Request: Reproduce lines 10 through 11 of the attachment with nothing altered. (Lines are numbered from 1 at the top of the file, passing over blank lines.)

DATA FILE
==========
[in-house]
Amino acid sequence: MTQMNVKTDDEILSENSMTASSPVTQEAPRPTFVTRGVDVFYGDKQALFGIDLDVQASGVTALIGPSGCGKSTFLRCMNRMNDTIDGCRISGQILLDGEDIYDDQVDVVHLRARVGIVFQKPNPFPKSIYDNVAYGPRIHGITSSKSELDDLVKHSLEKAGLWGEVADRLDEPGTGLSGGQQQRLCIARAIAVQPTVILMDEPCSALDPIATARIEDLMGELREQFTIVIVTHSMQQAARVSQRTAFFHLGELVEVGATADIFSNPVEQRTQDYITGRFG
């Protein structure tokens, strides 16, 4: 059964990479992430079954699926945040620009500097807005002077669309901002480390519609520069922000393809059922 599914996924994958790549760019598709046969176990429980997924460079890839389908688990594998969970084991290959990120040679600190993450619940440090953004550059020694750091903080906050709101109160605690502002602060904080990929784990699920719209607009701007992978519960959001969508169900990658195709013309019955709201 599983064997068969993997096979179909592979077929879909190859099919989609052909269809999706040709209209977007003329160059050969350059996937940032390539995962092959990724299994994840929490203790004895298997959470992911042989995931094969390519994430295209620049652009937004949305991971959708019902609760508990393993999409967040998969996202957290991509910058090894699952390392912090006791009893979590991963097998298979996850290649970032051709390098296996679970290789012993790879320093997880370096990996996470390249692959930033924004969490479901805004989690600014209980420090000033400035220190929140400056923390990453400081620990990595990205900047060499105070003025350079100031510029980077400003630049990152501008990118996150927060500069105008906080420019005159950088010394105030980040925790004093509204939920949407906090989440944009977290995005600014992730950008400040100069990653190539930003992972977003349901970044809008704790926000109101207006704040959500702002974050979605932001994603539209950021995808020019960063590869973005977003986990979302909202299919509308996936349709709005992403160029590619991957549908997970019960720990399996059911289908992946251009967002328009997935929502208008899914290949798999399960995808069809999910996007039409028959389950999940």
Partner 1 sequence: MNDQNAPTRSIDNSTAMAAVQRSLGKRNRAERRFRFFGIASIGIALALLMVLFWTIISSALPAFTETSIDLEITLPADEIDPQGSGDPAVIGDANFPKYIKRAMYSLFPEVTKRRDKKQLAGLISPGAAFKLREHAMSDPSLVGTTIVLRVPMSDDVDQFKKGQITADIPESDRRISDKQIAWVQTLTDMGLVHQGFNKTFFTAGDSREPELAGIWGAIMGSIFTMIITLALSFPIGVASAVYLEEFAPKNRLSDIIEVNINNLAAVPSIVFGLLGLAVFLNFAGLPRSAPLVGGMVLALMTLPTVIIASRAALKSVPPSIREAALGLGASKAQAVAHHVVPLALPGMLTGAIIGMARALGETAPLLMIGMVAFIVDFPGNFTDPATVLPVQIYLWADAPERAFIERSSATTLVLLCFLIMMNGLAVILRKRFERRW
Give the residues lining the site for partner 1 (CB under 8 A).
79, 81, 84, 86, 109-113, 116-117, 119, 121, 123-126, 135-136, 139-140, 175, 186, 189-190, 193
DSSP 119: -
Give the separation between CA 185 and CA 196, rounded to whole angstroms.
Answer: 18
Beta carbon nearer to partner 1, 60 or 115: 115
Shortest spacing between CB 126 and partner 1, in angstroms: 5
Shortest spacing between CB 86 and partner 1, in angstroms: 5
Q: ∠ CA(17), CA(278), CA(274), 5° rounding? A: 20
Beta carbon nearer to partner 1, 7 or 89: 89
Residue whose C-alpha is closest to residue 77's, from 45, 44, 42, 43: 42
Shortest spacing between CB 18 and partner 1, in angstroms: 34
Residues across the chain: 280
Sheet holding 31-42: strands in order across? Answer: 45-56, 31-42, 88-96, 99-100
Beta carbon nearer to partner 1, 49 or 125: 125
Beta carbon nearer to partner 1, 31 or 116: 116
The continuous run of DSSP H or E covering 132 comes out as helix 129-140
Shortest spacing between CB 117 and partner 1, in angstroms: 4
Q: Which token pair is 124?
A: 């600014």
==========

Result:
Beta carbon nearer to partner 1, 60 or 115: 115
Shortest spacing between CB 126 and partner 1, in angstroms: 5